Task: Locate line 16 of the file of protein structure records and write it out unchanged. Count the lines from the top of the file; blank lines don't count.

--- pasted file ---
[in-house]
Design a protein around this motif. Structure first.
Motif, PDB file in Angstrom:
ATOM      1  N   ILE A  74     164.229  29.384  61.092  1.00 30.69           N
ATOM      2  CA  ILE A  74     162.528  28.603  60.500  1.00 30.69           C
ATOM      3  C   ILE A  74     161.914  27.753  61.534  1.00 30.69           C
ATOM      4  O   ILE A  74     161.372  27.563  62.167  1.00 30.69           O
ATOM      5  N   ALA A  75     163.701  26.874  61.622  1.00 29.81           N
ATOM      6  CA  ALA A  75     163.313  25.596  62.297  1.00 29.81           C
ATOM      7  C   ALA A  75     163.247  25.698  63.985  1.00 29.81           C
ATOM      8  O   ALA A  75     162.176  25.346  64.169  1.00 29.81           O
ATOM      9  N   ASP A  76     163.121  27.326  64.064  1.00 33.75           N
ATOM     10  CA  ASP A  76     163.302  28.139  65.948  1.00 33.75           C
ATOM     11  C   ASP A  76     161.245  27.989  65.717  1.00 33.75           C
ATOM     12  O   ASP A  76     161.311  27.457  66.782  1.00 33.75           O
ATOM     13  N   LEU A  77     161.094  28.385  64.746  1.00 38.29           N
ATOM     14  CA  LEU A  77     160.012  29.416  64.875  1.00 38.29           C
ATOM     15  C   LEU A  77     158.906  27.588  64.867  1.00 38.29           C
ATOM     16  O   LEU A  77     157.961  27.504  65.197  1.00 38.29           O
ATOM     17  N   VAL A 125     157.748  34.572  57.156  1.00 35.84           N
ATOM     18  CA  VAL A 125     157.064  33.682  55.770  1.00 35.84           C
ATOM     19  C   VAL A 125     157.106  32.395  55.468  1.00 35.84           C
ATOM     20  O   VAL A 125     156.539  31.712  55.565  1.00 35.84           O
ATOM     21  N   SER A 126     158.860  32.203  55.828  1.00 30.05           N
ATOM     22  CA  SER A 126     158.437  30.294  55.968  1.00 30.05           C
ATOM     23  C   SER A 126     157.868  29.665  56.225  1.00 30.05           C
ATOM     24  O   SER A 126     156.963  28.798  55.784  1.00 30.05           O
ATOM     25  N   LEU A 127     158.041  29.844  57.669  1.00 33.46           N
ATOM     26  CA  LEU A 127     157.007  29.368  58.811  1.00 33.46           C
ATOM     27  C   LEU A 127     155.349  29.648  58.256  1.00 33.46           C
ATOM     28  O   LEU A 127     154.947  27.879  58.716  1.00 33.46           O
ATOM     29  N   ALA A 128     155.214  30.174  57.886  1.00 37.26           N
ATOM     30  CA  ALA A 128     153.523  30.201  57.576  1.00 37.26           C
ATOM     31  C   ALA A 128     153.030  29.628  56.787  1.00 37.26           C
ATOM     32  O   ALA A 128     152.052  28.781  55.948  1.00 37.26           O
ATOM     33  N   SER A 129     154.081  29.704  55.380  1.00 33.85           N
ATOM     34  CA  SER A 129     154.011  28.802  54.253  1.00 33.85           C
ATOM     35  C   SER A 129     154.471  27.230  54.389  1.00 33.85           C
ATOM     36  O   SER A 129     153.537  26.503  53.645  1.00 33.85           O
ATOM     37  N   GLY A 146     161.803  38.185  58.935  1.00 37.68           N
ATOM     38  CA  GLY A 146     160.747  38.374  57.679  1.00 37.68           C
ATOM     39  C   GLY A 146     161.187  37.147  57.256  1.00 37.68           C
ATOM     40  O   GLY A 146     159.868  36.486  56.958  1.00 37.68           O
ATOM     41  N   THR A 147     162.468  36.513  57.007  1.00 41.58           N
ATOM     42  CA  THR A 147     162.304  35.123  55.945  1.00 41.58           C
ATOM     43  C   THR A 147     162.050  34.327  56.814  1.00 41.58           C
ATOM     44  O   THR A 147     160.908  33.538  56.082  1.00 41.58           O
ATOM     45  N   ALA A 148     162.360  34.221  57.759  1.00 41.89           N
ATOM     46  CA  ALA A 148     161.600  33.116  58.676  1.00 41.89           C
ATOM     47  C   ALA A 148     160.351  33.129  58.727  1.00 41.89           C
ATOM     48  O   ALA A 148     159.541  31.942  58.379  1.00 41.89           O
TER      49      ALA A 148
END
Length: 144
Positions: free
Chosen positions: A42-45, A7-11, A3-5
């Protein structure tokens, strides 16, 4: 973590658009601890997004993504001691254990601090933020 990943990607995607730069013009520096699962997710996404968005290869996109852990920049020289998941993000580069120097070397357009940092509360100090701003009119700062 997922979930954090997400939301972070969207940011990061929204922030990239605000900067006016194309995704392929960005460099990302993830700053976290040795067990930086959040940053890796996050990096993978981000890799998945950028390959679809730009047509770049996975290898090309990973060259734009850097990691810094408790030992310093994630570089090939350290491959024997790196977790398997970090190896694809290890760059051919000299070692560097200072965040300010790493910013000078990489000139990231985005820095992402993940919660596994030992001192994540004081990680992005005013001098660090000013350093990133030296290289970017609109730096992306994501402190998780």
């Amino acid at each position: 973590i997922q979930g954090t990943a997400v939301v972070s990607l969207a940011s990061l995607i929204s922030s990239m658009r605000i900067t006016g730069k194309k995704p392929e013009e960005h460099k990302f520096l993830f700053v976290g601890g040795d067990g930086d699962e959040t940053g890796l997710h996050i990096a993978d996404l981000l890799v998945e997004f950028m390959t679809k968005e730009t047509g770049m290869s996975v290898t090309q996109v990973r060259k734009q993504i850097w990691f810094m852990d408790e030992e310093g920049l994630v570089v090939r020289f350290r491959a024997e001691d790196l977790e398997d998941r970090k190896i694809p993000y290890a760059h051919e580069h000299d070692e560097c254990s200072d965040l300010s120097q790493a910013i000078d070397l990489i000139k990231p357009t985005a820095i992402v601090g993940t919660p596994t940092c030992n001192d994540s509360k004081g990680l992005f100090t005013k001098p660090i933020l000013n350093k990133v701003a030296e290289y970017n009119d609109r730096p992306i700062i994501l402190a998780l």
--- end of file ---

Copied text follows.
ATOM     13  N   LEU A  77     161.094  28.385  64.746  1.00 38.29           N